Another year has flown by, and over the last weekend in October we found ourselves judging our third Homebrew competition. 2018 could possibly be compared as the best year yet, on the number of entries, and of course the quality of the beer. With over 30 beers entered, it was always set to be a tough line-up, and the judges (and myself) had a great afternoon critiquing all of them. It’s a hard job.
Our Homebrew competition is open to all levels of brewer, from extract to all grain, and the entries proved that there really is some great beer being made at home. As always, it’s really great to see what people are producing, and how far homebrewing has come from the stigma of yeasty odd tasting beer made in a bag on the back of the door.
We host a number of categories in the Homebrew competition, to try and cover a range of styles, but these are semi-fluid and can possibly change upon the number of entries. If you’re looking to enter the 2019 competition, be sure to check out homebrew page for the latest updated category listings.
We were joined by judges from a range of beer backgrounds. We had some long serving CAMRA members, a beer blogger, distributor, and even our new trainee brewer. All of which undertook the task of spending the afternoon scrutinising the appearance, taste, aroma, and style of our entries. It was a long afternoon, but by the end of it, we had six category winners, and an overall grand champion of the competition.
So onwards to the winners! Each of the category winners had the beer scored highest in that particular category. They were judged against the others in the category, and these are what the judging panel thought really stood out.
- Old Ales, Milds, and Brown Ales – The Nightfly by Pete Young – A great example of a Ruby Mild.
- Stouts and Porters – Yergy-The-Chef by James Pettifor – A delicious Oatmeal Stout, quoted ‘breakfast in a glass’
- Speciality – Mulberry Bush by Nick Davis – A beautiful fruit porter packed with winter flavours.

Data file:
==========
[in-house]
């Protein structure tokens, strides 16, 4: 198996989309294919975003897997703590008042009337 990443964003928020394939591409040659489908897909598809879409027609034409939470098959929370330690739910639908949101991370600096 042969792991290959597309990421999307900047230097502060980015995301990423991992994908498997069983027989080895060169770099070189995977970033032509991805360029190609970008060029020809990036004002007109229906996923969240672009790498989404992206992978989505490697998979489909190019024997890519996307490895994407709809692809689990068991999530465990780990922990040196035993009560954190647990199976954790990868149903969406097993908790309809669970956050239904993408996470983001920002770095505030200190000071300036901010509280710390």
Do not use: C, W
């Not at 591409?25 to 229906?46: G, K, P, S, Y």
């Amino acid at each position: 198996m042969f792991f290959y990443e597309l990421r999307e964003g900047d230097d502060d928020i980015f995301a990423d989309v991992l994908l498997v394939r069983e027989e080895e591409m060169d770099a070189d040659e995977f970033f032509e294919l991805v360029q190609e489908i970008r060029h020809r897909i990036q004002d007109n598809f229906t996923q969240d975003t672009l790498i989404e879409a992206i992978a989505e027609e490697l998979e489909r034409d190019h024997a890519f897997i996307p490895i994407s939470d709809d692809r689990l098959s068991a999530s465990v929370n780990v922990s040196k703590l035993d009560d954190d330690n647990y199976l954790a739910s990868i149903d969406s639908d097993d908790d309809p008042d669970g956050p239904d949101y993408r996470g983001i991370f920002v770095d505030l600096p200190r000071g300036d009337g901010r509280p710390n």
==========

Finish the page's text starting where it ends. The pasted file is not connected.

- Standard Pale Ales – Homeland Honey ale by Andris Mcgee – A great pale ale with a refreshing hint of honey coming through.
- Bitters – Sir Lancerhop by John Watson – A great Amber Ale, with a fruity aroma and peachiness in flavour.
- Strong Pale Ales – Cascading Goat Ale by Nigel Scarie – A lovely pale ale, described as ‘like drinking an English orchard’.
Each of these winners will be joining us at the brewery for a tour, meal and of course some beers while we talk brewing and beer for an afternoon.
The winners of each category were once again laid out and judged, against each other. The outstanding beer that came top of these was named the overall champion, and that went to John Watson with Sir Lancerhop. John’s beer really hit the spot with the judges, its fruity aroma and complex taste scored it just high enough over the rest of these fantastic beers, and John will be joining us in the brewery to replicate this beer for all to try when we serve it across our venues, in Briarbank, Isaacs on the Quay, and The Gardeners Arms!
If you would like to enter our 2019 competition, you can do so easily via our online entry form. Entrants can enter up to three categories each, and there is no entry fee for this competition. We are confident we will see an ever growing array of great quality beers as our competition grows! We can’t wait to see what 2019 brings.